Leung, M.C.-Y. and J.R.K. Forrest. Insect pollinators of haskap (Lonicera caerulea L.: Caprifoliaceae) in subarctic Canada. Open Agriculture, in press.
MacInnis, G.* and J.R.K. Forrest. 2020. Field design can affect cross-pollination and crop yield in strawberry (Fragaria x ananassa). Agriculture, Ecosystems & Environment 289: 106738. DOI: 10.1016/j.agee.2019.106738
Rivest, S.* and J.R.K. Forrest. 2019. Defence compounds in pollen: why do they occur and how do they affect the ecology and evolution of bees? New Phytologist, in press. DOI: 10.1111/nph.16230
MacInnis, G.* and J.R.K. Forrest. 2019. Pollination by wild bees yields larger strawberries than pollination by honey bees. Journal of Applied Ecology 56: 824-832. DOI: 10.1111/1365-2664.13344
McAulay, M.K.* and J.R.K. Forrest. 2019. How do sunflower pollen mixtures affect survival of queenless microcolonies of bumblebees (Bombus impatiens)? Arthropod-Plant Interactions 13: 517-529. DOI: 10.1007/s11829-018-9664-3
Haas, S.M.*, S. Cardinal, F. Beaulieu, and J.R.K. Forrest. 2019. Mite-y bees: Bumble bees (Bombus spp., Hymenoptera: Apidae) host a relatively homogeneous mite (Acari) community, shaped by bee species identity but not geographic proximity. Ecological Entomology 44: 333-346. DOI: 10.1111/een.12706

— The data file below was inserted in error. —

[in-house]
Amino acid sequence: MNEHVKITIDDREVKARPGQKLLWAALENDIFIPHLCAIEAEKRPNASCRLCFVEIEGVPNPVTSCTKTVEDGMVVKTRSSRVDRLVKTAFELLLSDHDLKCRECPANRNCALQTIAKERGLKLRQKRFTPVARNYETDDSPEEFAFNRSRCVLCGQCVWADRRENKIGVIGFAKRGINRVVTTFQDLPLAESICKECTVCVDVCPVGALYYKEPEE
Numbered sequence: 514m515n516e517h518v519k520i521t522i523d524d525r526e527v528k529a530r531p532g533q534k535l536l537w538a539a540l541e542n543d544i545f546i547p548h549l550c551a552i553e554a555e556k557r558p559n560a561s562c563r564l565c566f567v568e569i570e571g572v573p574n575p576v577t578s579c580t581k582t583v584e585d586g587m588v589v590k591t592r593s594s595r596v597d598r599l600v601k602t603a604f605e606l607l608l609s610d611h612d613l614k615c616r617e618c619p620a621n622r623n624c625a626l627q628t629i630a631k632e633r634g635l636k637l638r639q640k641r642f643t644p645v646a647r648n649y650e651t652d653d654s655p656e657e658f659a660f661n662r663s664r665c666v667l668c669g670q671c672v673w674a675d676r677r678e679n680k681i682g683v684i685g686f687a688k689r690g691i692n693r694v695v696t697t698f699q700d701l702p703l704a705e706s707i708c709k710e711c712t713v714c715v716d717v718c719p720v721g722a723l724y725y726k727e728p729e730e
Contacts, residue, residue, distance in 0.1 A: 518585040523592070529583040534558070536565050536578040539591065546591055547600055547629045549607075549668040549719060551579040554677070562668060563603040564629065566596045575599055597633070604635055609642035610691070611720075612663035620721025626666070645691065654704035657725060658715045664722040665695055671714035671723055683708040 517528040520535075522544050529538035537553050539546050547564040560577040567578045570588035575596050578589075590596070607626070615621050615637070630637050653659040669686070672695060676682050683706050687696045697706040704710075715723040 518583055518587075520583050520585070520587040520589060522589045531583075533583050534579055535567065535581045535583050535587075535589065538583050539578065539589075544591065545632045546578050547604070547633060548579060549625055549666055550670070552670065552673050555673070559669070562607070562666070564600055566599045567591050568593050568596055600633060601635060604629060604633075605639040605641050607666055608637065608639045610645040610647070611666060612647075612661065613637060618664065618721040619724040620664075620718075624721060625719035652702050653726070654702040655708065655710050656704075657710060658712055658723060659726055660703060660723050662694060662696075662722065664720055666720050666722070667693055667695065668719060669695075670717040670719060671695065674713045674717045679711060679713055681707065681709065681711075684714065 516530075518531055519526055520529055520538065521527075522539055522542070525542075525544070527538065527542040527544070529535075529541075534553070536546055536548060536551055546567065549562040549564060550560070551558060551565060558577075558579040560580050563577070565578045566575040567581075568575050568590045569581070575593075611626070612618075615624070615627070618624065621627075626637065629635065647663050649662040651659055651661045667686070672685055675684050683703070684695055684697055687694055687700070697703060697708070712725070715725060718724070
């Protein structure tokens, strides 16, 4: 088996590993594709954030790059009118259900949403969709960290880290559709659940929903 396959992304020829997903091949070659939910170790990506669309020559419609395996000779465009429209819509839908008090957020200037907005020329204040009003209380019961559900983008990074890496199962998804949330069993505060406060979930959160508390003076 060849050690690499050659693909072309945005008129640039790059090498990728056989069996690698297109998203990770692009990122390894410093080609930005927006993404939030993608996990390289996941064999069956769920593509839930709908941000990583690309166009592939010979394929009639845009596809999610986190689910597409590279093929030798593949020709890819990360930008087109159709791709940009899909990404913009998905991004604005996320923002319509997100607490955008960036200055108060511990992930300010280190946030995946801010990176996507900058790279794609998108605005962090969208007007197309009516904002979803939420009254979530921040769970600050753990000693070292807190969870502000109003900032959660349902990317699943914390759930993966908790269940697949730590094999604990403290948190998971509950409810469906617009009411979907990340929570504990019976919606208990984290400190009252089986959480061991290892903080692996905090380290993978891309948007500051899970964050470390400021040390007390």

Forrest, J.R.K., R. Cross*, and P.J. CaraDonna. 2019. Two-year bee, or not two-year bee? How voltinism is affected by temperature and season length in a high-elevation solitary bee. American Naturalist 193: 560-574. DOI: 10.1086/701826
Lin, S.-Y.* and J.R.K Forrest. 2019. The function of floral orientation in bluebells: interactions with pollinators and rain in two species of Mertensia (Boraginaceae). Journal of Plant Ecology 12: 113-123. DOI: 10.1093/jpe/rtx073
Austen, E.J.*, S.-Y. Lin*, and J.R.K Forrest. 2018. On the ecological significance of pollen colo[u]r: a case study in American trout lily (Erythronium americanum). Ecology 99: 926-937. DOI: 10.1002/ecy.2164 – Media coverage: Ottawa Citizen, Discover Magazine